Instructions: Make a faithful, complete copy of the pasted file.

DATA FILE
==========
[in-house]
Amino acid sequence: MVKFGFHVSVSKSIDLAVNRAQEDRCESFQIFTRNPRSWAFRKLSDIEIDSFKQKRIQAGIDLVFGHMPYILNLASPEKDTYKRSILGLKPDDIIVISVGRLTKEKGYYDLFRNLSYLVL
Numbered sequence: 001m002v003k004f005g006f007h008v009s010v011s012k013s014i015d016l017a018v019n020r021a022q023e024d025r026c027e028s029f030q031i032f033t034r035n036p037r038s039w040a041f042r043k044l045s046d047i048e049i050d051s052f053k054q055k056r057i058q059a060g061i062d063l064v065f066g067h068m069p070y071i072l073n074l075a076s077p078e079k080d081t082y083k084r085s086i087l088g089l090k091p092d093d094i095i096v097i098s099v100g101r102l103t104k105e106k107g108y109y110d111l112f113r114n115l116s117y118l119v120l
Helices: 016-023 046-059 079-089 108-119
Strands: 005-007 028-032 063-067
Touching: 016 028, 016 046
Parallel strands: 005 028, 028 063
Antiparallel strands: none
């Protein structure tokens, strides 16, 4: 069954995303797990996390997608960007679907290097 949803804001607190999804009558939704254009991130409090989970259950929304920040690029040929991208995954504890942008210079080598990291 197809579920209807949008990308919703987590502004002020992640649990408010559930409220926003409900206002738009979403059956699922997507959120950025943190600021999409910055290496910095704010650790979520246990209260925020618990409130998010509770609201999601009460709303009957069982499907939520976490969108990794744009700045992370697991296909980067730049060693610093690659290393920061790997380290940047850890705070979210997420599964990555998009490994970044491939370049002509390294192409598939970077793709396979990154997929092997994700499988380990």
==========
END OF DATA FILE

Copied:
[in-house]
Amino acid sequence: MVKFGFHVSVSKSIDLAVNRAQEDRCESFQIFTRNPRSWAFRKLSDIEIDSFKQKRIQAGIDLVFGHMPYILNLASPEKDTYKRSILGLKPDDIIVISVGRLTKEKGYYDLFRNLSYLVL
Numbered sequence: 001m002v003k004f005g006f007h008v009s010v011s012k013s014i015d016l017a018v019n020r021a022q023e024d025r026c027e028s029f030q031i032f033t034r035n036p037r038s039w040a041f042r043k044l045s046d047i048e049i050d051s052f053k054q055k056r057i058q059a060g061i062d063l064v065f066g067h068m069p070y071i072l073n074l075a076s077p078e079k080d081t082y083k084r085s086i087l088g089l090k091p092d093d094i095i096v097i098s099v100g101r102l103t104k105e106k107g108y109y110d111l112f113r114n115l116s117y118l119v120l
Helices: 016-023 046-059 079-089 108-119
Strands: 005-007 028-032 063-067
Touching: 016 028, 016 046
Parallel strands: 005 028, 028 063
Antiparallel strands: none
């Protein structure tokens, strides 16, 4: 069954995303797990996390997608960007679907290097 949803804001607190999804009558939704254009991130409090989970259950929304920040690029040929991208995954504890942008210079080598990291 197809579920209807949008990308919703987590502004002020992640649990408010559930409220926003409900206002738009979403059956699922997507959120950025943190600021999409910055290496910095704010650790979520246990209260925020618990409130998010509770609201999601009460709303009957069982499907939520976490969108990794744009700045992370697991296909980067730049060693610093690659290393920061790997380290940047850890705070979210997420599964990555998009490994970044491939370049002509390294192409598939970077793709396979990154997929092997994700499988380990």